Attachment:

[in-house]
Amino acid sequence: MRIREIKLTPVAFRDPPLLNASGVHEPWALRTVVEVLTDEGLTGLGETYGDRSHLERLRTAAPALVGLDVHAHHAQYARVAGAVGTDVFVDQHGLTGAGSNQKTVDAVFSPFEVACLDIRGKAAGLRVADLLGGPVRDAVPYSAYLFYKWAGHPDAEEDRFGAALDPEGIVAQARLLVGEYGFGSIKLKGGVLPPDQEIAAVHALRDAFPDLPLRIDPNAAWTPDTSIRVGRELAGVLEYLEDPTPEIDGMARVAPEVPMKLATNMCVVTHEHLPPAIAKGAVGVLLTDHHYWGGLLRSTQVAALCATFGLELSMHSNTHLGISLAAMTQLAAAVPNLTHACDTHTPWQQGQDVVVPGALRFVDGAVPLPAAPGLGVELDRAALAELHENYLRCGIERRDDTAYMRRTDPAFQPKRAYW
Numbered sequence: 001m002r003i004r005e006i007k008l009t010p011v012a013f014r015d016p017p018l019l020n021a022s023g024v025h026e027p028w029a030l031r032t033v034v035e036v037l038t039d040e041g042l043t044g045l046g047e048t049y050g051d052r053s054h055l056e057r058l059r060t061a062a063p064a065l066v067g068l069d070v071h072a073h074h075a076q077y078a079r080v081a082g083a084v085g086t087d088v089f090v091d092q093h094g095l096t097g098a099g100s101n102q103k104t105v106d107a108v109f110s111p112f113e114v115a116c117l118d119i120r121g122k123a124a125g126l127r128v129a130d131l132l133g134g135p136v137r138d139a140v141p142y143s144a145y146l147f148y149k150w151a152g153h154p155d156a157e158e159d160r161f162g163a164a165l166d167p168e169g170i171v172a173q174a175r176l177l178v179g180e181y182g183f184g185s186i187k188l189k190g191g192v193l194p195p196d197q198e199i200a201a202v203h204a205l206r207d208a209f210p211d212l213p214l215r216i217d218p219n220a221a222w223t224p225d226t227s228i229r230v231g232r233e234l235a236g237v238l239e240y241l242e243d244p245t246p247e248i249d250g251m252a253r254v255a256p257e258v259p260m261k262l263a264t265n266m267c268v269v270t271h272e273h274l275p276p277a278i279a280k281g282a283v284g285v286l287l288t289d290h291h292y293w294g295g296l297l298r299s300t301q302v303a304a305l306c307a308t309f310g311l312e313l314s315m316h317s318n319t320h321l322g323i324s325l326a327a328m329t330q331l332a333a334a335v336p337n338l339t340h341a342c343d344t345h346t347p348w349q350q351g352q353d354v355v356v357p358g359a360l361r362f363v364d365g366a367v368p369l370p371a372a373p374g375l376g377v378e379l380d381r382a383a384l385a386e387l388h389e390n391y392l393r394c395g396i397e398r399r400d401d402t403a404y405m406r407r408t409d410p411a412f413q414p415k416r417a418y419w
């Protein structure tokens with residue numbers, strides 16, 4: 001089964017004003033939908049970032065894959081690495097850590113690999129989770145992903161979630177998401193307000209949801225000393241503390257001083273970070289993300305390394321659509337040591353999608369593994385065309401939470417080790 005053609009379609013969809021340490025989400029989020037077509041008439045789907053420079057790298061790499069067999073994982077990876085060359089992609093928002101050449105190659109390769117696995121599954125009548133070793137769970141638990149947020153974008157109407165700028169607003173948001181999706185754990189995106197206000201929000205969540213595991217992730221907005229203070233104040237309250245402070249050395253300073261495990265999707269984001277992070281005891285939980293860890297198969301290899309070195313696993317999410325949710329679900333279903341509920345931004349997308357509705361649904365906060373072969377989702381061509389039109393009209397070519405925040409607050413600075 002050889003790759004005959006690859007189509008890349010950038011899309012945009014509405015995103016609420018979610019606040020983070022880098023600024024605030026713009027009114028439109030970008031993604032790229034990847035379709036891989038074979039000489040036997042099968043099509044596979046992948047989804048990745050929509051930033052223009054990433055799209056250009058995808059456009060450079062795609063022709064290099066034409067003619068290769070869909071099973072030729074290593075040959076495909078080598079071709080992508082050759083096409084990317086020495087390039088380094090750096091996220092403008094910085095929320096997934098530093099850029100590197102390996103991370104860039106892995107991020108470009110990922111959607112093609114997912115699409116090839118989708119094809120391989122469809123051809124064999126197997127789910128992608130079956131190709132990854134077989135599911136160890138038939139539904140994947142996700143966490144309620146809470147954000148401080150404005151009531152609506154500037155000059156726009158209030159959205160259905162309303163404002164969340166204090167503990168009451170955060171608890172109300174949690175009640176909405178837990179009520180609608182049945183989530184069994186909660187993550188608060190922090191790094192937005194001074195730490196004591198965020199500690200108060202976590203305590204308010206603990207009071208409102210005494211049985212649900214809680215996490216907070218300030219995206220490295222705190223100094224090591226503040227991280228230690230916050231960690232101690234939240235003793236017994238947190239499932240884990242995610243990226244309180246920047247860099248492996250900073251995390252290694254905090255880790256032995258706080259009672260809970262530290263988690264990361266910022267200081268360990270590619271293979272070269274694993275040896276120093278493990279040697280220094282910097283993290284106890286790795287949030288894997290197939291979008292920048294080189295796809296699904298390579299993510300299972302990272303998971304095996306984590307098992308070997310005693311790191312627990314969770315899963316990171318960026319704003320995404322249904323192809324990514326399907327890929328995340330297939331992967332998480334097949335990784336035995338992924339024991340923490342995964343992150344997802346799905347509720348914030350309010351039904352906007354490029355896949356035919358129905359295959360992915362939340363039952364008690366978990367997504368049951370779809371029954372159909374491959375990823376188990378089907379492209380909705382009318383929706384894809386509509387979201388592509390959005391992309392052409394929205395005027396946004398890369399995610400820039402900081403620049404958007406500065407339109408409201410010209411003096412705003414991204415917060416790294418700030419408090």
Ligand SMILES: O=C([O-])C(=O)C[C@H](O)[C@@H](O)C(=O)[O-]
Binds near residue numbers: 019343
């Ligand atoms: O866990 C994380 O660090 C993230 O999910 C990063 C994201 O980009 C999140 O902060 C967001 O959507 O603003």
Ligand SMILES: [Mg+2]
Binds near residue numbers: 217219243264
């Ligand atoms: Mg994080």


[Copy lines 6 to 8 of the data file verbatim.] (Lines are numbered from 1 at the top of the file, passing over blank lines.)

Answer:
Binds near residue numbers: 019343
């Ligand atoms: O866990 C994380 O660090 C993230 O999910 C990063 C994201 O980009 C999140 O902060 C967001 O959507 O603003």
Ligand SMILES: [Mg+2]